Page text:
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Revealed: 2,089 wannabe barristers submit 14,516 applications for just 224 pupillage spots

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‘May the odds be ever in your favour’

New figures starkly demonstrate how difficult it is for aspiring barristers to secure that all important pupillage position.

During this year’s pupillage fight, 2,089 bar hopefuls submitted at least one application via the Pupillage Gateway, a rise of 4% on 2017’s figure (2,004). Interestingly, the total number of applications submitted through the portal — each wannabe barrister gets up to 12 — is actually down by 6.5% (14,516). Last year a whopping 15,518 applications were submitted.

The number of applications each pupillage-hunter submitted is also down. This year an applicant, on average, fired off 6.95 applications, equating to a 15% drop on last year’s 8.2. Overall the number of pupillage positions up for grabs via the Gateway was down from 228 to 224 or 1.8%.

The Bar Council-operated Gateway, which closed last week, is a centralised site which allows chambers to post pupillage vacancies. It’s worth noting some sets have their own recruitment timetable and do not advertise through the Gateway.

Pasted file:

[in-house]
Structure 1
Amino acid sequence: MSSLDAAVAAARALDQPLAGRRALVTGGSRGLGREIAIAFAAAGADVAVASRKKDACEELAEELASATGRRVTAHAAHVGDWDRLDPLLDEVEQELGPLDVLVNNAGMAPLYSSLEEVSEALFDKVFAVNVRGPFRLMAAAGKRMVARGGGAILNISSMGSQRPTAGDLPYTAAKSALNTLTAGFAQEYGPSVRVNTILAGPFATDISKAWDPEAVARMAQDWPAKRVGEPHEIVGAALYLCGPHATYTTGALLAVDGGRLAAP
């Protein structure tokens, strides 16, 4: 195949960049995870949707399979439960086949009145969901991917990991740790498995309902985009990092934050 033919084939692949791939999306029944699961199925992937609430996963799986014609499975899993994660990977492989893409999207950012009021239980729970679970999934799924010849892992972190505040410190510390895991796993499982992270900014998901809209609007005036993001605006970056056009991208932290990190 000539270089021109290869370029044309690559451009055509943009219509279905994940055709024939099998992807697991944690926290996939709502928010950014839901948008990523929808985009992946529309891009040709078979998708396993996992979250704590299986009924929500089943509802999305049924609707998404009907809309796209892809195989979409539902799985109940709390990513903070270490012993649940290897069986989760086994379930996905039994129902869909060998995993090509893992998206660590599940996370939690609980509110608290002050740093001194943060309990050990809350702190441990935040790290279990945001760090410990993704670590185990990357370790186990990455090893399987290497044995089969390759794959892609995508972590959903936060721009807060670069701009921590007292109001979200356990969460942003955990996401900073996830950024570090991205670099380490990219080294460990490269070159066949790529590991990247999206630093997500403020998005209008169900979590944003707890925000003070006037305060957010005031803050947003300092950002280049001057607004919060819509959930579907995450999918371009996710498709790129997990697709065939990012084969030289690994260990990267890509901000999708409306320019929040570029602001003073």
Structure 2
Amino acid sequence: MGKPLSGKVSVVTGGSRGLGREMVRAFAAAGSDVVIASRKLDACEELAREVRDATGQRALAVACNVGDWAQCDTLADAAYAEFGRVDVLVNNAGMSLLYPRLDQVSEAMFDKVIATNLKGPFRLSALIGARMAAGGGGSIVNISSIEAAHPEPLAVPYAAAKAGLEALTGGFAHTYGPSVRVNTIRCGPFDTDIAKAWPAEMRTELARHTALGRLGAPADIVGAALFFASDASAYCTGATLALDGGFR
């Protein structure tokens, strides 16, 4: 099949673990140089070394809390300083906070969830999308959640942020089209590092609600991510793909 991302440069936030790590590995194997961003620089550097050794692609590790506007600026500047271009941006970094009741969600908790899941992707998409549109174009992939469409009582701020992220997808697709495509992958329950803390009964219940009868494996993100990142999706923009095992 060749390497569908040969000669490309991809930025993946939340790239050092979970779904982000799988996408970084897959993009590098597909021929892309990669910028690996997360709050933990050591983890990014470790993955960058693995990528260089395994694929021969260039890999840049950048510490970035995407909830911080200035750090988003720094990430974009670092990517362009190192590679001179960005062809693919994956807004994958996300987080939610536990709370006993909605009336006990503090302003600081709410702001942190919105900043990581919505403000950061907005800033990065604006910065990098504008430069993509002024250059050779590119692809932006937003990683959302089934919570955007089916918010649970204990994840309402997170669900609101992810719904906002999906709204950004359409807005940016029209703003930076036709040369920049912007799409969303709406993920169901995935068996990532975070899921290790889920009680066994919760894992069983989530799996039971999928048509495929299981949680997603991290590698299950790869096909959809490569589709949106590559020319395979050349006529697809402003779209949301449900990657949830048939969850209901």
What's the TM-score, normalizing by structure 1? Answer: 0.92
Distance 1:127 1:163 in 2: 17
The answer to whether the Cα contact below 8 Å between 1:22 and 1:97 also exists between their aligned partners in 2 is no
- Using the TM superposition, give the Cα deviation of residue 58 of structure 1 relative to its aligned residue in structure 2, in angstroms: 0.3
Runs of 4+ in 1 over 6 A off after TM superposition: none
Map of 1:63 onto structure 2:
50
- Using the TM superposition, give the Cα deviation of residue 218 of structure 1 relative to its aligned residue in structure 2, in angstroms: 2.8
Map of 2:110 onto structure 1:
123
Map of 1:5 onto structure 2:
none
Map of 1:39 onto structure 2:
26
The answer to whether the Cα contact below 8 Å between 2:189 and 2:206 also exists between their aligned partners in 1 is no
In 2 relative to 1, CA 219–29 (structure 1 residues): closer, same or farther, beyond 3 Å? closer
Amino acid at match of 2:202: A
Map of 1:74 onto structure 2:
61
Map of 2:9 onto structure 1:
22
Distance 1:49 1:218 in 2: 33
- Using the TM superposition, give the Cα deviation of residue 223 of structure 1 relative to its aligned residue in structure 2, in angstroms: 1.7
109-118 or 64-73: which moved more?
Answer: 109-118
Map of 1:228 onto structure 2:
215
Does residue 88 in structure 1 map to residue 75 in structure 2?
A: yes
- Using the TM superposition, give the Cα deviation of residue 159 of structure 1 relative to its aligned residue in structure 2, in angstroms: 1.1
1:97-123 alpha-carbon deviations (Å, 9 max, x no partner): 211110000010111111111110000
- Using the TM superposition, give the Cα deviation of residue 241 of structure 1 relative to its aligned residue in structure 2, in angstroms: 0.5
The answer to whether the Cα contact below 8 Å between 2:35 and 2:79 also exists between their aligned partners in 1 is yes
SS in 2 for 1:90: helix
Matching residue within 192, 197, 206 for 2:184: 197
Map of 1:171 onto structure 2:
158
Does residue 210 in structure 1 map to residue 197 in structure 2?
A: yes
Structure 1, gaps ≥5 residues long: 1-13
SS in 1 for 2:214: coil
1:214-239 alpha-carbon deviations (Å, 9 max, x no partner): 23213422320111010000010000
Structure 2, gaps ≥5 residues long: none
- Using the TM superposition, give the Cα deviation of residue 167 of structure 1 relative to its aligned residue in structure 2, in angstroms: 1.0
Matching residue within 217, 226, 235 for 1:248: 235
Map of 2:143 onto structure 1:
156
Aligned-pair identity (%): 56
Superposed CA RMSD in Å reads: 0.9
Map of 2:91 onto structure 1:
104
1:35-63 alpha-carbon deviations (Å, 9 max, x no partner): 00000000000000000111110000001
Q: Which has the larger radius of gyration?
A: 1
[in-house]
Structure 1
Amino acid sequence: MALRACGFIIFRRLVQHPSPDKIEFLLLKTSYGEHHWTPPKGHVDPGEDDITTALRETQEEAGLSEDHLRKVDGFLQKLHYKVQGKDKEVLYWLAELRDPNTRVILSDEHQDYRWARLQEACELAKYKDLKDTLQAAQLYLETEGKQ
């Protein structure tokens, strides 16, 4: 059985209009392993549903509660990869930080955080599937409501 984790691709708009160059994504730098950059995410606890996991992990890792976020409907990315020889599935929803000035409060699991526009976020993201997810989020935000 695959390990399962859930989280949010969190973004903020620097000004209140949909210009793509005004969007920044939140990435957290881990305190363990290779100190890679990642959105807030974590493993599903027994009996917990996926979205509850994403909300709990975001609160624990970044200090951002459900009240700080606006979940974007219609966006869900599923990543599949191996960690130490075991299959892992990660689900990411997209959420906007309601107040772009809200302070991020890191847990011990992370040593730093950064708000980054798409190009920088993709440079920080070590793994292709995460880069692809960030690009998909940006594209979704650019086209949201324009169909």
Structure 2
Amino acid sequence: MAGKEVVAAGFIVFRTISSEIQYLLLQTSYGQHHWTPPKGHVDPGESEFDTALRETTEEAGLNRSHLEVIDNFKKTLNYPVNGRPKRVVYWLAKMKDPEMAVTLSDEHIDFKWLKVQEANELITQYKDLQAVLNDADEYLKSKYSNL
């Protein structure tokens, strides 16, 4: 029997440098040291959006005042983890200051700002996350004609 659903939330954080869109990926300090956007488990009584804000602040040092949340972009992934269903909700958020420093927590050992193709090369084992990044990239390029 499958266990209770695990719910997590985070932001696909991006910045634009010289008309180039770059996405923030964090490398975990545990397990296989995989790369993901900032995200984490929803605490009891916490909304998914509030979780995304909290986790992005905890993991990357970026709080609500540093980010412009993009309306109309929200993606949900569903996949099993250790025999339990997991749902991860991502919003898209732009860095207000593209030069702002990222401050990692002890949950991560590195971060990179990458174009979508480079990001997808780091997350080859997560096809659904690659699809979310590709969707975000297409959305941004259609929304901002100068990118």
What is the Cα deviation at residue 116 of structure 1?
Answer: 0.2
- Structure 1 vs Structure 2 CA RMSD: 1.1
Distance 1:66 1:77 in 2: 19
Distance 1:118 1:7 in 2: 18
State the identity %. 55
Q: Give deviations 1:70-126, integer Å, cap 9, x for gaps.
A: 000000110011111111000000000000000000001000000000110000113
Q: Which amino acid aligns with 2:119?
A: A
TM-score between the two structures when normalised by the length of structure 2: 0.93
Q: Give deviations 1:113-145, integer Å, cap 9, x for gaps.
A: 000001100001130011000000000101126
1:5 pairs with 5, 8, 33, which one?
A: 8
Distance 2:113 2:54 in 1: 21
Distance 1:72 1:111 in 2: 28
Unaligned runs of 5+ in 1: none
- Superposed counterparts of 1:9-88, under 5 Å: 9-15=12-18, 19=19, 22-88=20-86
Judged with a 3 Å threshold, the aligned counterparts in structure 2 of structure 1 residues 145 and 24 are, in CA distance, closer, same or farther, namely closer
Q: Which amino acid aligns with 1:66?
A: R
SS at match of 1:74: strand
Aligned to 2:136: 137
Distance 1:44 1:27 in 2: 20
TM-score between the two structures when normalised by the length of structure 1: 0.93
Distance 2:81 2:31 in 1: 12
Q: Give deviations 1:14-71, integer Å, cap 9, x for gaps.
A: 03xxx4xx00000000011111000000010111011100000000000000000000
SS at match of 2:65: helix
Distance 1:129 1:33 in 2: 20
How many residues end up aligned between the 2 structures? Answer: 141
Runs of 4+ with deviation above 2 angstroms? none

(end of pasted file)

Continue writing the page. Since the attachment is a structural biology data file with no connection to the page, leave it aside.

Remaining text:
The 2018 Chambers Most List

The statistics show the competition for jobs is extreme. But, in the words of Ben Burns, the Bar Council’s policy analyst for education and training, this year’s changes to the numbers of applicants and pupillages are “insignificant”. He told Legal Cheek:

“As in previous years, a large number of applicants are applying for a small number of pupillages.”

He continued:

“The Bar Council is pleased that more chambers are recruiting through the Gateway, which was designed as a fair and transparent recruitment tool, to ease pressure on applicants, relieve the administrative burden on chambers, and ensure compliance with requirements for data protection and equality and diversity monitoring. The focus on data security and diversity issues is increasing, so we hope that more chambers recruit through the Gateway in the future.”

It hasn’t always been smooth sailing for the Bar Council’s application system.

In 2016 Legal Cheek reported that a copy and paste glitch meant many users inadvertently submitted applications with key pieces of information missing, including Graduate Diploma in Law (GDL) and Bar Professional Training Course (BPTC) grades.

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